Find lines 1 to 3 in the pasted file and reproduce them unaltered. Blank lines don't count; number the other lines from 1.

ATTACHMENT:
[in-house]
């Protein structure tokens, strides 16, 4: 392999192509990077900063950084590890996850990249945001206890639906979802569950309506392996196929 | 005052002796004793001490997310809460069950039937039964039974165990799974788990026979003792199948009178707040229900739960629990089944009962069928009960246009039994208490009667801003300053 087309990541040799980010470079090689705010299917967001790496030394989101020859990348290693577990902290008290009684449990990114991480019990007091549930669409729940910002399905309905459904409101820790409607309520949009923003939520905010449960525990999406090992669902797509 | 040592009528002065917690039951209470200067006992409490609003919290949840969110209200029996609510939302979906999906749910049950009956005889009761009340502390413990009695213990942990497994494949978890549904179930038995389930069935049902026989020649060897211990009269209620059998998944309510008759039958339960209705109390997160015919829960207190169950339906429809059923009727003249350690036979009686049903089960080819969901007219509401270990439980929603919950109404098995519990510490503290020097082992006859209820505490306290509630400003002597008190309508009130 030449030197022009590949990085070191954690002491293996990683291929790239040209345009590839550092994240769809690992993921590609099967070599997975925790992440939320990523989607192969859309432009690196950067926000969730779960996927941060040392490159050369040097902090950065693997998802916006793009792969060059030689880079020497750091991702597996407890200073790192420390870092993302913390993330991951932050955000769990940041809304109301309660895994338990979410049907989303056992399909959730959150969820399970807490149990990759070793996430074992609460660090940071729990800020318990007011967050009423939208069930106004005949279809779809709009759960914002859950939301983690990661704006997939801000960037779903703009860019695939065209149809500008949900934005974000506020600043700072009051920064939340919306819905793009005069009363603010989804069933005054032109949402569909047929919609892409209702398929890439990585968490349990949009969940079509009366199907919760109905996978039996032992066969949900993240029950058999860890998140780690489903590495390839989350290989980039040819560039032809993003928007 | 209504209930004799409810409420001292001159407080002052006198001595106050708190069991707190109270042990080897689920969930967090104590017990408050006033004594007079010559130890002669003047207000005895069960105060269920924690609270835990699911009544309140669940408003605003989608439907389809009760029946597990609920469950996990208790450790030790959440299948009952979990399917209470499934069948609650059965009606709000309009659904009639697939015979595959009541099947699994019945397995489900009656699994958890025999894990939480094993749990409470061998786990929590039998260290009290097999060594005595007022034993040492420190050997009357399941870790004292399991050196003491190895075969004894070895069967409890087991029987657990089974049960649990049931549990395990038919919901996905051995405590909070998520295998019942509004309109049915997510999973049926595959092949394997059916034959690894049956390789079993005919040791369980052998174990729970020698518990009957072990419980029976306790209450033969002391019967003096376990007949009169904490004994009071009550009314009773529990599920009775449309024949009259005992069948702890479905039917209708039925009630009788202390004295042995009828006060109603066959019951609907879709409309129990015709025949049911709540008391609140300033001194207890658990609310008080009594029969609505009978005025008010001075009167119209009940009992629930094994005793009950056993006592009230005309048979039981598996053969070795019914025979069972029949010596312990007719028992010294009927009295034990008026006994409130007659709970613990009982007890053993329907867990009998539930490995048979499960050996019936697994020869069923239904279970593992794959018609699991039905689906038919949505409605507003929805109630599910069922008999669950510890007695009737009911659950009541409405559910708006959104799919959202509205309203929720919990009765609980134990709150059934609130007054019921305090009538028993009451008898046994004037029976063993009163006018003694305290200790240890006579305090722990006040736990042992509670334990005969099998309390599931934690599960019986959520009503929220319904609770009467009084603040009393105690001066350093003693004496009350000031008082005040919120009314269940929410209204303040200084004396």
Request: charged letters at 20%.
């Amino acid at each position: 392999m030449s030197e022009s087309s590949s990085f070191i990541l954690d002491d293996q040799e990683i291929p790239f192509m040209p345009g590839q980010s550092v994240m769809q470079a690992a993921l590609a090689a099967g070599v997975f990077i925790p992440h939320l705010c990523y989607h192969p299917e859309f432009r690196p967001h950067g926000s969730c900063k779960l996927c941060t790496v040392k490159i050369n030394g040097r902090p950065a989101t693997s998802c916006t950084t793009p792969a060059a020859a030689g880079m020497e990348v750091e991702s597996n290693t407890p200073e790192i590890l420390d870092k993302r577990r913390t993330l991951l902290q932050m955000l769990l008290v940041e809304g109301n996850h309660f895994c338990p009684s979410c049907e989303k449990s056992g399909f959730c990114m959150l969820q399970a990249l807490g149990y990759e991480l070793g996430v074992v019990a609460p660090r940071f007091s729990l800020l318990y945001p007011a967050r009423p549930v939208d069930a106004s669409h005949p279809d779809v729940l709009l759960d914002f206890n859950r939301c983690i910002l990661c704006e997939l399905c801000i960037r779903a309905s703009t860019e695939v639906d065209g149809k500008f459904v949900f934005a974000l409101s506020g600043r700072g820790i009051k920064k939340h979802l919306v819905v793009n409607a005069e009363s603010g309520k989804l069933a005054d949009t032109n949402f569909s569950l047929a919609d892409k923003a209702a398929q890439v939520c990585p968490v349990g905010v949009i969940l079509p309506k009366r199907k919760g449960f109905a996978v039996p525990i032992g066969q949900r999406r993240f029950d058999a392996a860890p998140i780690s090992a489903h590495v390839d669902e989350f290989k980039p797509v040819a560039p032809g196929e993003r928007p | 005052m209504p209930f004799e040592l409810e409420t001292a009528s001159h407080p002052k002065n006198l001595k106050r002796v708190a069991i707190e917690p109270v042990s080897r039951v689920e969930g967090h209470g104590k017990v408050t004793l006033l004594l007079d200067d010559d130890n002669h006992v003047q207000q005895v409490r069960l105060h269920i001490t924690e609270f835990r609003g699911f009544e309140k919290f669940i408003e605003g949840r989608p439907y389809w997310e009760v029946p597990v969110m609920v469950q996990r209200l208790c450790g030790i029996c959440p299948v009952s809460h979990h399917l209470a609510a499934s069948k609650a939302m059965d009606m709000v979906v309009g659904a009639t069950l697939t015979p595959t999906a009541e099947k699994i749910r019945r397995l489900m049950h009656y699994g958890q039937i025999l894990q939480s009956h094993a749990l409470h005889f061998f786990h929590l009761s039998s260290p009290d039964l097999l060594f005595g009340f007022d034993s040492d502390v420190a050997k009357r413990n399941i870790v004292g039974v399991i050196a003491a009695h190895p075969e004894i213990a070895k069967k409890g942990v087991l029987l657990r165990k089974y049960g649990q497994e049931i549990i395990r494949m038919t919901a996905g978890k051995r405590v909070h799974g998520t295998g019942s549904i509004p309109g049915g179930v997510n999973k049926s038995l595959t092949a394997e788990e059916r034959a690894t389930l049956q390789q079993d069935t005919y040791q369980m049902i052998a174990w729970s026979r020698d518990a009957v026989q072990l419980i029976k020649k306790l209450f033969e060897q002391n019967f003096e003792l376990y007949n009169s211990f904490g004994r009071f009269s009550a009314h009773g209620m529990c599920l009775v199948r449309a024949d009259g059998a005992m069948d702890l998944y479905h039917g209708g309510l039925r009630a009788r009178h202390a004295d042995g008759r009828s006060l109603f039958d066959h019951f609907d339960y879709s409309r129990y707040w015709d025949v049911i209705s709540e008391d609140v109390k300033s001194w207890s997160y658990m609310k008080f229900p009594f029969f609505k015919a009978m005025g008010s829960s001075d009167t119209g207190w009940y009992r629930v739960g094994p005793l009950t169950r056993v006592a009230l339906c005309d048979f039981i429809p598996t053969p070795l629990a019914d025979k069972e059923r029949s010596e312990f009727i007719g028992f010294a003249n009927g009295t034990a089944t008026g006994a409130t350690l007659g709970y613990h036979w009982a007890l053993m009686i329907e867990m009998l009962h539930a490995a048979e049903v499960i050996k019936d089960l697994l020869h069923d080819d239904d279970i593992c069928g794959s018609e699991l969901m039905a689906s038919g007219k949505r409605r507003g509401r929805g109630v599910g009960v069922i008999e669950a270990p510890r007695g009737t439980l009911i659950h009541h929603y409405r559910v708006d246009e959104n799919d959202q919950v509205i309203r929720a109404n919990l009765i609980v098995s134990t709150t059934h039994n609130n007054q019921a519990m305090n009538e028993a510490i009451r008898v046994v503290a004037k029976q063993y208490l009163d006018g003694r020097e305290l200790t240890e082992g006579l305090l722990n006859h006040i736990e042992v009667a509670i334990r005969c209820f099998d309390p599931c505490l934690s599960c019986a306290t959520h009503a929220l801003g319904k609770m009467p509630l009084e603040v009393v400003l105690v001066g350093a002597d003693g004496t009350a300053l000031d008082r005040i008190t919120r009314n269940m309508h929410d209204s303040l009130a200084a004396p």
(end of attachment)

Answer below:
[in-house]
């Protein structure tokens, strides 16, 4: 392999192509990077900063950084590890996850990249945001206890639906979802569950309506392996196929 | 005052002796004793001490997310809460069950039937039964039974165990799974788990026979003792199948009178707040229900739960629990089944009962069928009960246009039994208490009667801003300053 087309990541040799980010470079090689705010299917967001790496030394989101020859990348290693577990902290008290009684449990990114991480019990007091549930669409729940910002399905309905459904409101820790409607309520949009923003939520905010449960525990999406090992669902797509 | 040592009528002065917690039951209470200067006992409490609003919290949840969110209200029996609510939302979906999906749910049950009956005889009761009340502390413990009695213990942990497994494949978890549904179930038995389930069935049902026989020649060897211990009269209620059998998944309510008759039958339960209705109390997160015919829960207190169950339906429809059923009727003249350690036979009686049903089960080819969901007219509401270990439980929603919950109404098995519990510490503290020097082992006859209820505490306290509630400003002597008190309508009130 030449030197022009590949990085070191954690002491293996990683291929790239040209345009590839550092994240769809690992993921590609099967070599997975925790992440939320990523989607192969859309432009690196950067926000969730779960996927941060040392490159050369040097902090950065693997998802916006793009792969060059030689880079020497750091991702597996407890200073790192420390870092993302913390993330991951932050955000769990940041809304109301309660895994338990979410049907989303056992399909959730959150969820399970807490149990990759070793996430074992609460660090940071729990800020318990007011967050009423939208069930106004005949279809779809709009759960914002859950939301983690990661704006997939801000960037779903703009860019695939065209149809500008949900934005974000506020600043700072009051920064939340919306819905793009005069009363603010989804069933005054032109949402569909047929919609892409209702398929890439990585968490349990949009969940079509009366199907919760109905996978039996032992066969949900993240029950058999860890998140780690489903590495390839989350290989980039040819560039032809993003928007 | 209504209930004799409810409420001292001159407080002052006198001595106050708190069991707190109270042990080897689920969930967090104590017990408050006033004594007079010559130890002669003047207000005895069960105060269920924690609270835990699911009544309140669940408003605003989608439907389809009760029946597990609920469950996990208790450790030790959440299948009952979990399917209470499934069948609650059965009606709000309009659904009639697939015979595959009541099947699994019945397995489900009656699994958890025999894990939480094993749990409470061998786990929590039998260290009290097999060594005595007022034993040492420190050997009357399941870790004292399991050196003491190895075969004894070895069967409890087991029987657990089974049960649990049931549990395990038919919901996905051995405590909070998520295998019942509004309109049915997510999973049926595959092949394997059916034959690894049956390789079993005919040791369980052998174990729970020698518990009957072990419980029976306790209450033969002391019967003096376990007949009169904490004994009071009550009314009773529990599920009775449309024949009259005992069948702890479905039917209708039925009630009788202390004295042995009828006060109603066959019951609907879709409309129990015709025949049911709540008391609140300033001194207890658990609310008080009594029969609505009978005025008010001075009167119209009940009992629930094994005793009950056993006592009230005309048979039981598996053969070795019914025979069972029949010596312990007719028992010294009927009295034990008026006994409130007659709970613990009982007890053993329907867990009998539930490995048979499960050996019936697994020869069923239904279970593992794959018609699991039905689906038919949505409605507003929805109630599910069922008999669950510890007695009737009911659950009541409405559910708006959104799919959202509205309203929720919990009765609980134990709150059934609130007054019921305090009538028993009451008898046994004037029976063993009163006018003694305290200790240890006579305090722990006040736990042992509670334990005969099998309390599931934690599960019986959520009503929220319904609770009467009084603040009393105690001066350093003693004496009350000031008082005040919120009314269940929410209204303040200084004396």
Request: charged letters at 20%.